The lost world in which humans, animals, and God exist in familiar harmony is contrasted with the adult world of concrete, with “the cities where pavement is king and the night does not shine” (“Another Glass of Your Childhood,” p. 55). Even the city where Villaciencio Barras lives—Madison, Wisconsin—is
. . . the city that ignores
how you close your eyes when wind strikes,
how you say words suddenly learned. (“Madison,” p. 39),
but the poet also acknowledges that
One has to come close to the city;
it is in the city where we learn hopelessness. (“Wild Cat,” p. 23)
Between the opposing poles of ancestral world and city runs the dangerous train:
. . .that dragon
of iron and smoke,
we felt it strike our eyelids,
strike the earth
with its long tail.(“Crossing,” p. 13)
With its wily coyote, at once human and animal, the train marks the passage from childhood to the wider world, transporting its passengers between past and present, between Mexico and the U.S., between ancestors and the living. Yet again, Villaciencio Barras recognizes that the train has something to teach us:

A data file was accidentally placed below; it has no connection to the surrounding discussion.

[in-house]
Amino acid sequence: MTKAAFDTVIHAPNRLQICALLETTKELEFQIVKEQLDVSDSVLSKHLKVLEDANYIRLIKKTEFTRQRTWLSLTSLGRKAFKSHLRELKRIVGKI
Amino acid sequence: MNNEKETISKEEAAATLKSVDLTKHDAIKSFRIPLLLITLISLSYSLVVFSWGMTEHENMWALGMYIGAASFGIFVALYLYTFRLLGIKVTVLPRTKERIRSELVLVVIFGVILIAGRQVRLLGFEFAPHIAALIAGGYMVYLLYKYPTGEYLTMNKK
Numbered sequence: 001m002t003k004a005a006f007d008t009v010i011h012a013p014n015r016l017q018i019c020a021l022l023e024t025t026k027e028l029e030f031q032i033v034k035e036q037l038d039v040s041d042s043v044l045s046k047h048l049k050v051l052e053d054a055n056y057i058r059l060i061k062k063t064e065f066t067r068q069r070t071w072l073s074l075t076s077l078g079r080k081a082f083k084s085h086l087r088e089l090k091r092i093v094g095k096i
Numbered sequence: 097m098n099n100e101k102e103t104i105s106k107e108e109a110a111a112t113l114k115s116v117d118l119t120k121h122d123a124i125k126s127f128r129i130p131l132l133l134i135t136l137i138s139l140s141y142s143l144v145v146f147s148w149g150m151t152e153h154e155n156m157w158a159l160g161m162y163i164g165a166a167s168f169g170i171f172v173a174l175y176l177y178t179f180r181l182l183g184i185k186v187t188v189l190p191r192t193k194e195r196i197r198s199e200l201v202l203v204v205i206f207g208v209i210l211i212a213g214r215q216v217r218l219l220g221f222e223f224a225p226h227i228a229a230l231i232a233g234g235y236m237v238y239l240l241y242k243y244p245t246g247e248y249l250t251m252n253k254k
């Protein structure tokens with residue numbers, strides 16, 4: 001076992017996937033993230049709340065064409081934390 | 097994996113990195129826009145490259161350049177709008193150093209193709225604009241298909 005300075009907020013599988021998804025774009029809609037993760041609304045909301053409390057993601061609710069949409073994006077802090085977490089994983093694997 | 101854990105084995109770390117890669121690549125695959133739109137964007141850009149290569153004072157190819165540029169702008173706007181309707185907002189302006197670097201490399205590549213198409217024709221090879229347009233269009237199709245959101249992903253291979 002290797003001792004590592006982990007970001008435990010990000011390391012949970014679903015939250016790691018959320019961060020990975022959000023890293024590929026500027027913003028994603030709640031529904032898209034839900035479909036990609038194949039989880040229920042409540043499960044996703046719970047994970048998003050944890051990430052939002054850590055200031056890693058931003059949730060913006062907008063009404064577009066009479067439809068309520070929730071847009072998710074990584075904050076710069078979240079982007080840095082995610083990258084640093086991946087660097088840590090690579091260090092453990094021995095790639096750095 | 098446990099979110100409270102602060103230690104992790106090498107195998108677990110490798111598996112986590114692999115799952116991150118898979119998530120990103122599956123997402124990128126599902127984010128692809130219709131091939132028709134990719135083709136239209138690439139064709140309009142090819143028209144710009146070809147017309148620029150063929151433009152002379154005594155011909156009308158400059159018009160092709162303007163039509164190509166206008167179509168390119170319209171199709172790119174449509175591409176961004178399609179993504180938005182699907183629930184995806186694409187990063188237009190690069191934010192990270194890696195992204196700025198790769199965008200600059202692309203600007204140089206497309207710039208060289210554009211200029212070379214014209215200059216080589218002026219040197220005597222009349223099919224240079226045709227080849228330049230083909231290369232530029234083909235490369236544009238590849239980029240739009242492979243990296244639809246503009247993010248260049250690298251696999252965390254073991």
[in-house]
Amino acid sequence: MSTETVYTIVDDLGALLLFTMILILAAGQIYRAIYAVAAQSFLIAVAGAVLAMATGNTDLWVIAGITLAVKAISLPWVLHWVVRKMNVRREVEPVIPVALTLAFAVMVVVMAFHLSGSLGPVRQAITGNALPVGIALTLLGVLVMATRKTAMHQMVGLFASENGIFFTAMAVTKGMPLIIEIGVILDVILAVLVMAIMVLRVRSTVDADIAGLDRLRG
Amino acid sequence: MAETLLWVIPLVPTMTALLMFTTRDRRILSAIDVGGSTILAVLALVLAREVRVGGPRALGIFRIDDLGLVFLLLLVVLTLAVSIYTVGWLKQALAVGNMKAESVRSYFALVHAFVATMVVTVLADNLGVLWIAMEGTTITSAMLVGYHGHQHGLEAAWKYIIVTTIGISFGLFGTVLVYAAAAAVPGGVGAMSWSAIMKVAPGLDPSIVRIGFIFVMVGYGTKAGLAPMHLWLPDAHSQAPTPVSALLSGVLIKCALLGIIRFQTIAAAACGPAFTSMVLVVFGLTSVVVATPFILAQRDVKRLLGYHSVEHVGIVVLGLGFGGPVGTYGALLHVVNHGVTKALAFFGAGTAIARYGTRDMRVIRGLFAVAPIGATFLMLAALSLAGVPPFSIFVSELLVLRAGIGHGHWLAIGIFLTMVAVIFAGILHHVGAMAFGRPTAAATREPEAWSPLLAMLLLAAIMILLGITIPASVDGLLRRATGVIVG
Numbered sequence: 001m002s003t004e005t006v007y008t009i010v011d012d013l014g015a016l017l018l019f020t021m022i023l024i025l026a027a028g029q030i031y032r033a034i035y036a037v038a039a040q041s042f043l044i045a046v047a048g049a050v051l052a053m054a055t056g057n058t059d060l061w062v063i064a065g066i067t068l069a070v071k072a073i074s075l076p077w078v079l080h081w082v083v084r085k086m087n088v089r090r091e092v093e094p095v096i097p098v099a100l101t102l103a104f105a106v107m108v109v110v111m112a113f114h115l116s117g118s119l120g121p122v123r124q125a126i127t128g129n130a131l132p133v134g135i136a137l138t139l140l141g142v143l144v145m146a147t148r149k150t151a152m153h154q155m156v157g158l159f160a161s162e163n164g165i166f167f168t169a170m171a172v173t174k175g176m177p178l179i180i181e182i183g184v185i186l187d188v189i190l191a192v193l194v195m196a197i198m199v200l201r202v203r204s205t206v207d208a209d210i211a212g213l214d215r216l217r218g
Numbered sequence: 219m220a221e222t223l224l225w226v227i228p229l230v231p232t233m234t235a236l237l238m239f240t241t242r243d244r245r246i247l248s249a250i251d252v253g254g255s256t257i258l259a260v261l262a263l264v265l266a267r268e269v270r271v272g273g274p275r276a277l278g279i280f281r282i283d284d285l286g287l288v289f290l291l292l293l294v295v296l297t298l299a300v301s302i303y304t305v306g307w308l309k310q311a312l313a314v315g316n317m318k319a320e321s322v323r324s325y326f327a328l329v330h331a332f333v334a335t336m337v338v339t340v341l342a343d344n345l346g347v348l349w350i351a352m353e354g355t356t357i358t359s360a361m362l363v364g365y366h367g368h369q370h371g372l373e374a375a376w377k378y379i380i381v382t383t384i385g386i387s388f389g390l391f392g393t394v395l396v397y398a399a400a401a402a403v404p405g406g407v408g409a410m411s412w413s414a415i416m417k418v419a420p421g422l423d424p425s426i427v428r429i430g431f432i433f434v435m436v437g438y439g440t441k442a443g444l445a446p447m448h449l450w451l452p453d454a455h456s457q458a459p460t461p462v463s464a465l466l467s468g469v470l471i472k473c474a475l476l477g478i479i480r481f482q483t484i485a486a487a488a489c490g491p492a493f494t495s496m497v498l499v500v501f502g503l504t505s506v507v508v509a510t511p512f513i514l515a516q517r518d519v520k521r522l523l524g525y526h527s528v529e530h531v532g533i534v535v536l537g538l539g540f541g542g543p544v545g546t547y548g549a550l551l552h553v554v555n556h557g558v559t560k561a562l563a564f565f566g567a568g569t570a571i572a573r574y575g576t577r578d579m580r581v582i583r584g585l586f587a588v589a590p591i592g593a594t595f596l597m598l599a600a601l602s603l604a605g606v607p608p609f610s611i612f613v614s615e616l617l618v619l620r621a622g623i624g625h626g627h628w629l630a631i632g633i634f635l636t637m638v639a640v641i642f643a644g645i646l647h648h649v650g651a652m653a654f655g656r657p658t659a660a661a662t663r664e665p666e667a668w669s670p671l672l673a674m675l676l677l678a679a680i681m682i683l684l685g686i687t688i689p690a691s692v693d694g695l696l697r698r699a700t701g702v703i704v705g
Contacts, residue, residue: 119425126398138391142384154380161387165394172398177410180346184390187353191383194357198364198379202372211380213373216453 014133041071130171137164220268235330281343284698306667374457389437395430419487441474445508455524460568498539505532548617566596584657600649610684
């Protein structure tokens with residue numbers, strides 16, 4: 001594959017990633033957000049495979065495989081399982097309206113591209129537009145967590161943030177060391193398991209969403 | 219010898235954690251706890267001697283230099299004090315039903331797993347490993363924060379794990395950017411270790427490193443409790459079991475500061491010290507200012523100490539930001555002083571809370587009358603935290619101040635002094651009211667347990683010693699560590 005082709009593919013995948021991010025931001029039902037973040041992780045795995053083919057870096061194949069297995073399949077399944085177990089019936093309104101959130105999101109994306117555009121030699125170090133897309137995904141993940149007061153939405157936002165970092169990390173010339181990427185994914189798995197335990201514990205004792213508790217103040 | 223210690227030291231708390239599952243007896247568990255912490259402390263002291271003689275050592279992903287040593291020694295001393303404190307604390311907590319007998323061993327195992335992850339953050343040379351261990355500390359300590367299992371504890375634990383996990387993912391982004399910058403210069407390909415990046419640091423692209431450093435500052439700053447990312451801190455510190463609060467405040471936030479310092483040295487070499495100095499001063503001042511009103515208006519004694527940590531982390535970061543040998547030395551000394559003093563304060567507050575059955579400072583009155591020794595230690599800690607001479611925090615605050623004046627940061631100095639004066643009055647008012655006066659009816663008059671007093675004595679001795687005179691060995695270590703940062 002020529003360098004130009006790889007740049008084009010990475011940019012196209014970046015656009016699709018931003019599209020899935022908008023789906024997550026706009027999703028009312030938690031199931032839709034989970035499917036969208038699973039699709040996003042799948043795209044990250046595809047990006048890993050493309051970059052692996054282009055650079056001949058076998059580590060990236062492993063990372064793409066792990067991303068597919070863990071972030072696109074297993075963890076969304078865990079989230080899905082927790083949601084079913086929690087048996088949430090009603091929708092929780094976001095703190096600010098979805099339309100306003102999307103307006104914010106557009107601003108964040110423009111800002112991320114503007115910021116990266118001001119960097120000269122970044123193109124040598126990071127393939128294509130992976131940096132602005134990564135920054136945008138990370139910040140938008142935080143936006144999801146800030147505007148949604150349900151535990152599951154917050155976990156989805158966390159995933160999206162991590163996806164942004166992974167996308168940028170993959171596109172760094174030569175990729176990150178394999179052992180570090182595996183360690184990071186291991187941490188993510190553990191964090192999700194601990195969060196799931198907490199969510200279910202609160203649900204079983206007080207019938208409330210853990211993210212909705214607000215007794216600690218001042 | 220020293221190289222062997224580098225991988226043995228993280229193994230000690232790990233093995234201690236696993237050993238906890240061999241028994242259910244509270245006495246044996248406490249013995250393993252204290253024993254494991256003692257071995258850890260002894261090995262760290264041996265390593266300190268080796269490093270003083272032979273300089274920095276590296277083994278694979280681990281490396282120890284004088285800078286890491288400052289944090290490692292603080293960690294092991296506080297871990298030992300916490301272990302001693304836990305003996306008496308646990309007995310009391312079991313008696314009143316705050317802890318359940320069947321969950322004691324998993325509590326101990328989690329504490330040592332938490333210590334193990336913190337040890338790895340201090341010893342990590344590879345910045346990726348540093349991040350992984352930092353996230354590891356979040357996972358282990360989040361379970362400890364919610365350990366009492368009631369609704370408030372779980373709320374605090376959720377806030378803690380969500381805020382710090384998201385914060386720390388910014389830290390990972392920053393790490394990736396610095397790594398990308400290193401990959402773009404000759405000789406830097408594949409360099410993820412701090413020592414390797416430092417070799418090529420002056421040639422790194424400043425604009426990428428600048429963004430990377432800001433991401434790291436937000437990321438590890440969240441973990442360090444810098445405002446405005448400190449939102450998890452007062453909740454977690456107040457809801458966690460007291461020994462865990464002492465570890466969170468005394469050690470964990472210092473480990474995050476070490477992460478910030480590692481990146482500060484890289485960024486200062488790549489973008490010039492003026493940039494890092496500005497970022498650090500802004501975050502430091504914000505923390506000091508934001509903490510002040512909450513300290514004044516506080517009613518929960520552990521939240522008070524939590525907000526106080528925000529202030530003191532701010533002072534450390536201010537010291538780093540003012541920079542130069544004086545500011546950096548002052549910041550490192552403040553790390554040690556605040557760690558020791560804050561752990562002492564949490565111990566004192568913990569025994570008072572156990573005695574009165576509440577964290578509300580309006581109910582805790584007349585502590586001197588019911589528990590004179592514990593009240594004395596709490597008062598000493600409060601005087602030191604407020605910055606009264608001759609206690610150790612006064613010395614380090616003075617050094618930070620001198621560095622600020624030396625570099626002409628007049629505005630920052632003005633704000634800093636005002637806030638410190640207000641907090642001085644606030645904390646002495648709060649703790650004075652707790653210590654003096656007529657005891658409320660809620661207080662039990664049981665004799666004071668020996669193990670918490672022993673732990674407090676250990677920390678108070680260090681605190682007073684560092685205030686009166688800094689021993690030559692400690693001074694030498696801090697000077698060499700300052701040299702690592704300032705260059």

From a train I learned the agony
of not having territory (“Doves for the Air of June,” p. 81).
It seems, then, that the loss of the Edenic ancestral world is a painful but necessary journey. And no matter how far away we wander from the mythic, ancestral world, we are still bound to it by the essence of our being, by our blood: “Blood walks alone . . . blood/cries like an old fire” (“Blood Walks Alone,” p. 31). “I write,” says, Villaciencio Barras, “so our blood speaks” (“Reasons in the Winter,” p. 87). “I have another voice,” he tells us: